Neuromuscular & skeletal: Arthropathy (6% to 7%), myalgia (3%), increased creatine phosphokinase (<2%), myositis (<2%; may be infective), osteonecrosis (<2%), rhabdomyolysis (<2%), tremor (<2%; excluding congenital)

Ophthalmic: Conjunctivitis (2%), eye disease (2%; includes infection and inflammation), hemianopia (<2%), visual field defect (<2%)

Otic: Otitis media (2%)

Respiratory: Bronchitis (7% to 13%), upper respiratory complaint (6% to 9%), sinusitis (7%), irregular breathing (4%), nasal congestion (≤4%), rhinitis (≤4%), lower respiratory tract infection (≤3%), pulmonary infection (≤3%), paranasal sinus disease (3%), pneumonia (<2%)

Frequency not defined:

Hepatic: Hepatitis, hepatotoxicity

Immunologic: Immune reconstitution syndrome

<1%, postmarketing, and/or case reports: DRESS syndrome, ischemic heart disease, Stevens-Johnson syndrome, toxic epidermal necrolysis

ALERT: U.S. Boxed Warning

Hepatotoxicity:

Hepatotoxicity has been reported with use of maraviroc. Severe rash or evidence of a systemic allergic reaction (eg, eosinophilia, elevated immunoglobulin E [IgE], fever) prior to the development of hepatotoxicity may occur. Patients with signs or symptoms of hepatitis or allergic reaction following use of maraviroc should be immediately evaluated.

Warnings/Precautions

Concerns related to adverse effects:

• CNS effects: May cause dizziness. If this occurs, patients should avoid driving or operating machinery.

• Hepatotoxicity: [US Boxed Warning]: Possible drug-induced hepatotoxicity with allergic type features has been reported; hepatotoxicity may be preceded by severe rash or other signs of systemic allergic reactions (eg, pruritic rash, eosinophilia, fever, increased IgE) and/or hepatic adverse events (transaminase increases or signs/symptoms of hepatitis); some cases have been life-threatening; immediately evaluate patients with signs and symptoms of allergic reaction or hepatitis (with or without allergy symptoms). Use with caution in patients with pre-existing hepatic dysfunction or coinfection with HBV and/or HCV, however symptoms have occurred in the absence of pre-existing hepatic conditions. Monitor hepatic function at baseline and as clinically indicated during treatment. Consider discontinuation in any patient with possible hepatitis or with elevated transaminases combined with systemic allergic events. Rechallenge with maraviroc is not recommended (HHS [pediatric] 2019).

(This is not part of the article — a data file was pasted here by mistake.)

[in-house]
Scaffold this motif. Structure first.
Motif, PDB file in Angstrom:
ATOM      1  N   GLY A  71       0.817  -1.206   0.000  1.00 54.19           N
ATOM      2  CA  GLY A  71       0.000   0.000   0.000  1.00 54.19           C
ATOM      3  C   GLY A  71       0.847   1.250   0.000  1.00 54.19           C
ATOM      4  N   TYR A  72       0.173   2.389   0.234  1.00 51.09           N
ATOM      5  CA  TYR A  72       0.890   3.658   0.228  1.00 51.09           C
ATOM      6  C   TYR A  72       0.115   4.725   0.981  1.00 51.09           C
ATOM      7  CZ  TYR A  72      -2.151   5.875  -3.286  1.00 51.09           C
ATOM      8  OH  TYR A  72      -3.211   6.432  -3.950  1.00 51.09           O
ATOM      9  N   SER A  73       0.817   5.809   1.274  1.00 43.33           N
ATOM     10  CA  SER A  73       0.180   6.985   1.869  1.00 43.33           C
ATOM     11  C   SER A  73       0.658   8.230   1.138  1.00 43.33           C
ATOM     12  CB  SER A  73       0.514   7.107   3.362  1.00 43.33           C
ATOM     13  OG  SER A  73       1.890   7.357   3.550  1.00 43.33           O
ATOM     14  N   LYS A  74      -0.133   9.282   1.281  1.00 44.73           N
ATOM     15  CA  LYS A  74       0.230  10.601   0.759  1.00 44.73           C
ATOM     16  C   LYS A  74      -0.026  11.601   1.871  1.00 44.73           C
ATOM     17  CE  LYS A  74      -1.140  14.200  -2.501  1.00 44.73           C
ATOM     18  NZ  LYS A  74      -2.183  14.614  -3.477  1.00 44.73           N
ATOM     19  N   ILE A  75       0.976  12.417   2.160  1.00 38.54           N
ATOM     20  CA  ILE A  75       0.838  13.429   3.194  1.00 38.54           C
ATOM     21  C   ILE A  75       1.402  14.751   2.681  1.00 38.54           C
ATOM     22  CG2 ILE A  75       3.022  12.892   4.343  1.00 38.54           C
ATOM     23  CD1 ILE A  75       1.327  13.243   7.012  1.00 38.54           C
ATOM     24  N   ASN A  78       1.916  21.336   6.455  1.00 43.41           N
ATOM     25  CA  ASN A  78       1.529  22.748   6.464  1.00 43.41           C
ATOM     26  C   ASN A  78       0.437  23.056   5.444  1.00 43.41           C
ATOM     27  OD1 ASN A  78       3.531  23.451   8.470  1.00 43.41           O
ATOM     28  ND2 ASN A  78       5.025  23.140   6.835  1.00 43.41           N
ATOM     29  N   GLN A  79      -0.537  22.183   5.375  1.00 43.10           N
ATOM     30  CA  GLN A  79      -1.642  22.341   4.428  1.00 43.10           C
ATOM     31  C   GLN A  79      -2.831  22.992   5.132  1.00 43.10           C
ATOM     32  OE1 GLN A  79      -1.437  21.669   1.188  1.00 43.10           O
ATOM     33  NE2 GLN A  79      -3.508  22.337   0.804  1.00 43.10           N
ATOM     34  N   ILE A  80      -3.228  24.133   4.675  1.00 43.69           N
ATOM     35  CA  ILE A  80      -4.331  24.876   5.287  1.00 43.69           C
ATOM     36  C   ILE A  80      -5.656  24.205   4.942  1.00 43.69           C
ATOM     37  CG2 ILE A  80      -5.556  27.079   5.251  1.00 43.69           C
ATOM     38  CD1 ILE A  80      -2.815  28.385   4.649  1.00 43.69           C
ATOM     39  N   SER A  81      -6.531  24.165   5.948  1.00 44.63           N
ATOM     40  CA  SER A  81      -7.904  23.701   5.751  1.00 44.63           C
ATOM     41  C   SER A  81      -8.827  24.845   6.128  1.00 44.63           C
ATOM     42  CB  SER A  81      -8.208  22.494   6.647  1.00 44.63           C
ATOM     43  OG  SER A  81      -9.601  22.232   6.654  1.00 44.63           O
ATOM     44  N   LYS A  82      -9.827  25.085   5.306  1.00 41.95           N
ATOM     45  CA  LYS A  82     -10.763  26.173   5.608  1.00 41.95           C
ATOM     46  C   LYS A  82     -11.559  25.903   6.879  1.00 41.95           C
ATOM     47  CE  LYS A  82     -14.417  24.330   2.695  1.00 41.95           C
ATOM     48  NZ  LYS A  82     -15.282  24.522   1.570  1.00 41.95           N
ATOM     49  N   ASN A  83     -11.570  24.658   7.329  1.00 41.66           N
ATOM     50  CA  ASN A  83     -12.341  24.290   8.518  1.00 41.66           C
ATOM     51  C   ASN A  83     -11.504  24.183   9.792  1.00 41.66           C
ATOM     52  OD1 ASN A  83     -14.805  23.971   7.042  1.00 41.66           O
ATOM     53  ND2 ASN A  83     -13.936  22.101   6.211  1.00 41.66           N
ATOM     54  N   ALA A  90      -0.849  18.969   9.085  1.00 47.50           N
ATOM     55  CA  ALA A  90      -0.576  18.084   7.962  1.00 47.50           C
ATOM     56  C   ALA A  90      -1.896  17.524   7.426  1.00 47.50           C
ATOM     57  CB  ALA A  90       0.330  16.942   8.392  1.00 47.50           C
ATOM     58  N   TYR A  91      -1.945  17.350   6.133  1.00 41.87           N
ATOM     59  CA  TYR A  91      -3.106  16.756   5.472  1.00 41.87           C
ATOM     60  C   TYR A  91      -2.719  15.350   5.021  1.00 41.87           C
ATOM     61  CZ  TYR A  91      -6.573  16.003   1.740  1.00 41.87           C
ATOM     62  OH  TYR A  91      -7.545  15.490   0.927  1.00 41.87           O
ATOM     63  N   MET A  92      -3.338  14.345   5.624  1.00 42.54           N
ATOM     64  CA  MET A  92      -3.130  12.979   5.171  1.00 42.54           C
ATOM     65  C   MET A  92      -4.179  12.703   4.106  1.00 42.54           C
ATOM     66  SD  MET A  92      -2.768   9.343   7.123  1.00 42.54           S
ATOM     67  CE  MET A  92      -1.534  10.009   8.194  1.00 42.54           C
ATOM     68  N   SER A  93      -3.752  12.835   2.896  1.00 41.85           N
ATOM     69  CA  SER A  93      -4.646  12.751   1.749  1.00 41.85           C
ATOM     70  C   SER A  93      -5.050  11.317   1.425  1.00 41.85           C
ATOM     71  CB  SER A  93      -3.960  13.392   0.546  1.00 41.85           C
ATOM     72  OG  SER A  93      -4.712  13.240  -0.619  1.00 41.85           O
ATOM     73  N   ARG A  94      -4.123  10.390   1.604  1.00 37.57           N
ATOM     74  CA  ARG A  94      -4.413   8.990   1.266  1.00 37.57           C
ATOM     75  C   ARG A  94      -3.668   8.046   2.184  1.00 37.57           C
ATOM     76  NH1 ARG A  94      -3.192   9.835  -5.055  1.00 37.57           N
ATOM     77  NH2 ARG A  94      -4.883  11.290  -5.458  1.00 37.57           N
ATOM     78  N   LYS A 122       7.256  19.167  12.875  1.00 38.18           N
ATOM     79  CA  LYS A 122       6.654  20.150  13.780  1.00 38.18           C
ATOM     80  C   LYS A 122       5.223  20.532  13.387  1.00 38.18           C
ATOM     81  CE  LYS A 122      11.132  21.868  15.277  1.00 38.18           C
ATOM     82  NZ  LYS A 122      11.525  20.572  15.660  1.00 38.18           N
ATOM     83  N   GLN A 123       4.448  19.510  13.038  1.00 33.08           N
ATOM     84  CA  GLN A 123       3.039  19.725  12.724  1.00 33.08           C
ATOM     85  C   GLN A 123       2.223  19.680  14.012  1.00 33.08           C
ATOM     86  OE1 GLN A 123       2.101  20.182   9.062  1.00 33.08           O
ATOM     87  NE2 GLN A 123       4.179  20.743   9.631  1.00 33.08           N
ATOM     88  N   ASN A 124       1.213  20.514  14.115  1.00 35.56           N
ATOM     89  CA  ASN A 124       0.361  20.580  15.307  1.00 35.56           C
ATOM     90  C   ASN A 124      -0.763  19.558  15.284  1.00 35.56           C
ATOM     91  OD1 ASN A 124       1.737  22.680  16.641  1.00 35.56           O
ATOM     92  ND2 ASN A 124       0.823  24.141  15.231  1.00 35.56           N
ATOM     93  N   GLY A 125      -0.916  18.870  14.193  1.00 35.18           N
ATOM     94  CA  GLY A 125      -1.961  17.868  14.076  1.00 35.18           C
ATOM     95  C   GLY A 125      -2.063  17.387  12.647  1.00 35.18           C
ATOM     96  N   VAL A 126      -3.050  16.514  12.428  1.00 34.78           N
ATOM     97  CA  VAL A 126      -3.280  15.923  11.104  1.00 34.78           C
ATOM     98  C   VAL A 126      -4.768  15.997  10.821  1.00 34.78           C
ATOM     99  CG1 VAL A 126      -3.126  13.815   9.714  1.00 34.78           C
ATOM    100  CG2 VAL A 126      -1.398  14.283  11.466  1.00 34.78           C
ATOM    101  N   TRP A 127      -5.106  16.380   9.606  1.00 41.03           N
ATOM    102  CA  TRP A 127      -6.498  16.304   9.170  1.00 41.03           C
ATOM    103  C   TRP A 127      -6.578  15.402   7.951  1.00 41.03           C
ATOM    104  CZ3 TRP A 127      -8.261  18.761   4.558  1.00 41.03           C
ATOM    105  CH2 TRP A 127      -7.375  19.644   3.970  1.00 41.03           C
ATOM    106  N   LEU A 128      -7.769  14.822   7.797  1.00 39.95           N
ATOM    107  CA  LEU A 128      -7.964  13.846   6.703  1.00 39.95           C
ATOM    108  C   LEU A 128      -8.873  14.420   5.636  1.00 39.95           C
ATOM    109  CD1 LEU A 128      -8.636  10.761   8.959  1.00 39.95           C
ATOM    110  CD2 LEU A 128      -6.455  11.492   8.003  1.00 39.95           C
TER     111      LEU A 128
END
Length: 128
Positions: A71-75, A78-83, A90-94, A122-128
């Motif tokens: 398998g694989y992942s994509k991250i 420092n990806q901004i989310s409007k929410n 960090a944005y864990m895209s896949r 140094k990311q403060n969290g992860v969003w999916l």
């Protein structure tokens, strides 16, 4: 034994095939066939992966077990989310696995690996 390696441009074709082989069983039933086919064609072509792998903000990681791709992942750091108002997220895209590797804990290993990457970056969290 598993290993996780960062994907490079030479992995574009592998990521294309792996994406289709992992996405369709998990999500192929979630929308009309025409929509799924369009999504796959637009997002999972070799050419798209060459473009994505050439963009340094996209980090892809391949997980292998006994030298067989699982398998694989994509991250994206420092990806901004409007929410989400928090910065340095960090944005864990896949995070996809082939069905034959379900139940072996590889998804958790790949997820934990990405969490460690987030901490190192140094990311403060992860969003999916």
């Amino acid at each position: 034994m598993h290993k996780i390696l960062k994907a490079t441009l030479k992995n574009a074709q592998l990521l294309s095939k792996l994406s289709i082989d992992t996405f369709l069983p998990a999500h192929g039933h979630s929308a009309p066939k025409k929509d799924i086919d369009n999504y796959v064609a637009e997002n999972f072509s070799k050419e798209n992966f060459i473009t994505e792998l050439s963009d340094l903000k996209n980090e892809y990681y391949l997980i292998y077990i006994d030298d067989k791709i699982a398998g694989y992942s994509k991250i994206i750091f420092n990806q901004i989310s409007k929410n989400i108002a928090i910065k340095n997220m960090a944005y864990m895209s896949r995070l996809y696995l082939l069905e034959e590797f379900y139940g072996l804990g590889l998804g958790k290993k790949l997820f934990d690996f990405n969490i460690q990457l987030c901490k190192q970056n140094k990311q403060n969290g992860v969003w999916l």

• Immune reconstitution syndrome: Patients may develop immune reconstitution syndrome resulting in the occurrence of an inflammatory response to an indolent or residual opportunistic infection during initial HIV treatment or activation of autoimmune disorders (eg, Graves’ disease, polymyositis, Guillain-Barré syndrome) later in therapy; further evaluation and treatment may be required.

• Infections: Monitor closely for signs/symptoms of developing infections; use associated with a small increase of certain upper respiratory tract infections and herpes virus infections during clinical trials.

• Malignancy: May affect immune surveillance and lead to an increased risk of malignancy due to pharmacologic mechanism of action. No increase in malignancy has been observed. Long term follow up needed to assess this risk.

• Postural hypotension: Symptomatic postural hypotension has occurred; use caution in patients at risk due to concomitant medication or history of condition. An increased risk of postural hypotension may occur in patients with severe renal insufficiency or in those with ESRD. Patients with severe renal dysfunction or ESRD who experience postural hypotension should have dose reduced.

• Skin and hypersensitivity reactions: Severe and life-threatening skin and hypersensitivity reactions, including Stevens-Johnson syndrome, toxic epidermal necrolysis and drug rash with eosinophilia with systemic symptoms (DRESS), have been reported with use, predominately in patients also receiving concomitant agents associated with these reactions. Rash and constitutional findings (eg, fever, muscle aches, conjunctivitis, oral lesions), with or without organ dysfunction (including hepatic failure), have also accompanied these reports. Discontinue maraviroc and any other suspected agent immediately if symptoms or signs of hypersensitivity occur. Monitor liver function tests and clinical status as appropriate.

Disease-related concerns: